- Even you are going to do the farmers hankie or spit, please ensure there is no one near you! Ensure that no riders are in the firing line when you spit
- Leave your music at home while riding in the group, as it may prevent you from hearing warnings from other riders or traffic or be a distraction.
Canmore Cycling Culture is a respected community sporting group in the Bow Valley and we want to ensure all our riders show respect for their fellow rider and other users of the road.
RULES OF THE TRAIL
IMBA developed these “Rules of the Trail” to promote responsible and courteous conduct on shared-use trails. Keep in mind that conventions for yielding and passing may vary in different locations, or with traffic conditions.
- Ride Open Trails:Respect trail and road closures. Ask the appropriate land manager for clarification if you are uncertain about the status of a trail. Do not trespass on private land. Obtain permits or other authorization as required. Be aware that bicycles are not permitted in areas protected as state or federal Wilderness.
- Leave No Trace:Be sensitive to the dirt beneath you and the environment around you. Wet and muddy trails are more vulnerable to damage than dry ones. When the trail is soft, consider other riding options. This also means staying on existing trails and not creating new ones. Don’t cut switchbacks. Don’t ride around standing water which results in widening the trail. Be sure to pack out at least as much as you pack in. Consider improving the trail experience for those that follow by picking up and removing any litter.
- Control Your Bicycle:Inattention for even a moment could put yourself and others at risk. Obey all bicycle speed regulations and recommendations, and ride within your limits. Social conflicts on trails often result when riders are going too fast.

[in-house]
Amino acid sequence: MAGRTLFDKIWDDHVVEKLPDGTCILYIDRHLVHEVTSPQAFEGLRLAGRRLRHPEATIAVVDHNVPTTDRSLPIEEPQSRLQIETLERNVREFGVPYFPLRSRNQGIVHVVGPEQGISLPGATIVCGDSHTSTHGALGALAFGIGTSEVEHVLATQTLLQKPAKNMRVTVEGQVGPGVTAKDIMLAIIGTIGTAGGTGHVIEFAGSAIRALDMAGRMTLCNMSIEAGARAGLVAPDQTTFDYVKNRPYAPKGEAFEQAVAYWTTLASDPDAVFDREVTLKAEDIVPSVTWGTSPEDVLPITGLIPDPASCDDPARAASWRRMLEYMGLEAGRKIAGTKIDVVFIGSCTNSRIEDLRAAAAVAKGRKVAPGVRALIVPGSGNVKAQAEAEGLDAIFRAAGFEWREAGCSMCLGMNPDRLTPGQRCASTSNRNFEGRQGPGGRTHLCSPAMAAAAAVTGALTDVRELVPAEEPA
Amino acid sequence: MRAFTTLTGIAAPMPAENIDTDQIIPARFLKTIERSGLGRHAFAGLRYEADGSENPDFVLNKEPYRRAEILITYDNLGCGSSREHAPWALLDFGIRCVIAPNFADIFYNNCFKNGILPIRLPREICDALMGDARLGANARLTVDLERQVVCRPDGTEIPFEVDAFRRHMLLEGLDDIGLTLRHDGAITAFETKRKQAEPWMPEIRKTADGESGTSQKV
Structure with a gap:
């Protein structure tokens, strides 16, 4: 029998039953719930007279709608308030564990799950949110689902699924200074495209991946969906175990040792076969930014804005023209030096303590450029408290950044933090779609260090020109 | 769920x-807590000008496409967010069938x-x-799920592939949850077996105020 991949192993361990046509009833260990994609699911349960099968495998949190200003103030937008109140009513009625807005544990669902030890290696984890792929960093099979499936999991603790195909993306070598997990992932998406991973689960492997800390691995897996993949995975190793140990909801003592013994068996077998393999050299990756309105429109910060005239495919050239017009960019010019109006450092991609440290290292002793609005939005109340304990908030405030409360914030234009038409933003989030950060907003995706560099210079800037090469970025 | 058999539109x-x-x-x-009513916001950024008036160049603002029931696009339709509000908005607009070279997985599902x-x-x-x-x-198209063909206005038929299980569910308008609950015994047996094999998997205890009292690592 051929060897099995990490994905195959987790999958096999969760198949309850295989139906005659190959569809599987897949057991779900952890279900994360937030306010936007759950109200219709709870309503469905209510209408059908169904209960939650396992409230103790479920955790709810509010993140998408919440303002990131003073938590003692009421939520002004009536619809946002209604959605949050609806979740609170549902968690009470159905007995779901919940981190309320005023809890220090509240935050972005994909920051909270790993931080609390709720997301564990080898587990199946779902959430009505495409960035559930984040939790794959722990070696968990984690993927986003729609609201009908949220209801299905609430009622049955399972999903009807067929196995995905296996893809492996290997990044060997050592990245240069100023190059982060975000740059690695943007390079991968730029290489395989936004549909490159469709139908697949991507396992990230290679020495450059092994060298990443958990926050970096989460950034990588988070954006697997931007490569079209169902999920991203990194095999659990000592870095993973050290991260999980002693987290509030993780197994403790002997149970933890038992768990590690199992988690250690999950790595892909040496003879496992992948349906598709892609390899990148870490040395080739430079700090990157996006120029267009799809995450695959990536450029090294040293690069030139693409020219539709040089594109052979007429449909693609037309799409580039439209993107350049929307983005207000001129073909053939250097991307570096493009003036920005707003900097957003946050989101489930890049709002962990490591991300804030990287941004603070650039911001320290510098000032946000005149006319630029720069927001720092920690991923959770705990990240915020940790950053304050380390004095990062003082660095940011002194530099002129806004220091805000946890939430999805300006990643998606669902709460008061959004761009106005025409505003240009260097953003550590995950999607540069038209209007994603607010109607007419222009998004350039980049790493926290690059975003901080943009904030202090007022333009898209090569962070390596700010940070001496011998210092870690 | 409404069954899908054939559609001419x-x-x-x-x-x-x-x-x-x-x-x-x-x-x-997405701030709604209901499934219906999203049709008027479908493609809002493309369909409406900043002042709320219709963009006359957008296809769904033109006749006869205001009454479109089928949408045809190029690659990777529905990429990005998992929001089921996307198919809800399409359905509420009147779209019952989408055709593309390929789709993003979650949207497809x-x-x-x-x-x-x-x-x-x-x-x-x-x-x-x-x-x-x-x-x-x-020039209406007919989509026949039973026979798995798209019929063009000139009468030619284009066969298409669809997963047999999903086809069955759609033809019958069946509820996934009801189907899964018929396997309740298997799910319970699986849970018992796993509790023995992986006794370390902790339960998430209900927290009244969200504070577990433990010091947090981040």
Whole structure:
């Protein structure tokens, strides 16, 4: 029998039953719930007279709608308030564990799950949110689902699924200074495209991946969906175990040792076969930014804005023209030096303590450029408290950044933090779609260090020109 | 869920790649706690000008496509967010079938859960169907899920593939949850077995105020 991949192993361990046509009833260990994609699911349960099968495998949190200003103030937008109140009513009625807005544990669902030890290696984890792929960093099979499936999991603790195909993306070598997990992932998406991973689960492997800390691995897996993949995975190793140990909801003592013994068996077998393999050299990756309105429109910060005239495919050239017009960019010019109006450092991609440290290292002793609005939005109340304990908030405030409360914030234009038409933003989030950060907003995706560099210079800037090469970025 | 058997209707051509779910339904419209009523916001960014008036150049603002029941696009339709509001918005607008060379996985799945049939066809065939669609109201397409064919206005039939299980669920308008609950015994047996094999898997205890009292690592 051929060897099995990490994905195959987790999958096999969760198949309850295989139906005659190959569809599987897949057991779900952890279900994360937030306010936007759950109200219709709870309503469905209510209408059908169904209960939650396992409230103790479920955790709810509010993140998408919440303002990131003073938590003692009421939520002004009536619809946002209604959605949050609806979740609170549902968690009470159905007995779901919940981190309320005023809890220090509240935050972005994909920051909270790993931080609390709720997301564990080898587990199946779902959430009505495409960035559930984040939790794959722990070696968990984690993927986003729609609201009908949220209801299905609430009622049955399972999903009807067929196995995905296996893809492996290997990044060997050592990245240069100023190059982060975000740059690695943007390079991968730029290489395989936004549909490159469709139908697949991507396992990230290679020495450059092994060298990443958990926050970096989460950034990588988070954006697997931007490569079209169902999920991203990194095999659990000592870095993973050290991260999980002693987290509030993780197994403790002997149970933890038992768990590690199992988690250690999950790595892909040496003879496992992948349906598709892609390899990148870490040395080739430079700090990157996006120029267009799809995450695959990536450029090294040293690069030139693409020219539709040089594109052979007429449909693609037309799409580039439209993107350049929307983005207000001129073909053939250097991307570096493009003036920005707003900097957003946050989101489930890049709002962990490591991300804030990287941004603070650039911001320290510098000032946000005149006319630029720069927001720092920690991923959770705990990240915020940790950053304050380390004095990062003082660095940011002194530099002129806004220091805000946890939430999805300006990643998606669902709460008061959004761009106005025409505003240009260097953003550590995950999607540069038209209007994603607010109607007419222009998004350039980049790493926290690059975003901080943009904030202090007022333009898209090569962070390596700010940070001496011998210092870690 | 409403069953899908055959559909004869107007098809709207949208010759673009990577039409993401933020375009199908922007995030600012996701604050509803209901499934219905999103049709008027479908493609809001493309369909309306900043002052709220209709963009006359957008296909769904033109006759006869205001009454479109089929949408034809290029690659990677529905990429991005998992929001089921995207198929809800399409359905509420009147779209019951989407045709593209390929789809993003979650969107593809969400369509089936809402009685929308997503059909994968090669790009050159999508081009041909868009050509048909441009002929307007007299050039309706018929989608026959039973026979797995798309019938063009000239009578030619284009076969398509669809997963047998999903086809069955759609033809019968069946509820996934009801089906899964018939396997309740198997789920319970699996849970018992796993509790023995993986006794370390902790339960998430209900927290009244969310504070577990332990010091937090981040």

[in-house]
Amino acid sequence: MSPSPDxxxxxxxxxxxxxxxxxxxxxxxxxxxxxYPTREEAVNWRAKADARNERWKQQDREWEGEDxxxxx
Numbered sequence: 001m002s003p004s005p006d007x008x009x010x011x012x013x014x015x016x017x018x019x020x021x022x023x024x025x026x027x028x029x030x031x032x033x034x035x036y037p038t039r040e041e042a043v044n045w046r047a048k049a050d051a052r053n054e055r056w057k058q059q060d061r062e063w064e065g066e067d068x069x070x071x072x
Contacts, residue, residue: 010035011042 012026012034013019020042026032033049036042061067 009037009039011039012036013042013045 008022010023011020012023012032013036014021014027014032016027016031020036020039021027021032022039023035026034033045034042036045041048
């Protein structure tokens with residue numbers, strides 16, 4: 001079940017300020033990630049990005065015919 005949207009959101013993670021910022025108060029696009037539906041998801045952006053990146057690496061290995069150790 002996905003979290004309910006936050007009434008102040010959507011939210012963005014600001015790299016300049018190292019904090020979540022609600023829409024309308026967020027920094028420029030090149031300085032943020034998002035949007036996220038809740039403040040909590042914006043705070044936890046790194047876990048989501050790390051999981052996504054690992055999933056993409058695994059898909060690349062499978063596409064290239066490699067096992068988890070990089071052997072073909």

- Yield Appropriately:Do your utmost to let your fellow trail users know you’re coming — a friendly greeting or bell ring are good methods. Try to anticipate other trail users as you ride around corners. Mountain bikers should yield to other non-motorized trail users, unless the trail is clearly signed for bike-only travel. Bicyclists traveling downhill should yield to all users headed uphill, unless the trail is clearly signed for one-way or downhill-only traffic. In general, strive to make each pass a safe, controlled and courteous one.
- Never Scare Animals:Animals such as horses are easily startled by an unannounced approach, a sudden movement or a loud noise. Give animals enough room and time to adjust to you. When passing horses, dismount from your bike, walk around them on the downhill side of the trail, use special care and follow directions from the horseback riders (ask if uncertain). Running cattle and disturbing wildlife are serious offenses.
- Plan Ahead:Know your equipment, your ability and the area in which you are riding and prepare accordingly. Strive to be self-sufficient: keep your equipment in good repair and carry necessary supplies for changes in weather or other conditions. Always wear a helmet and appropriate safety gear.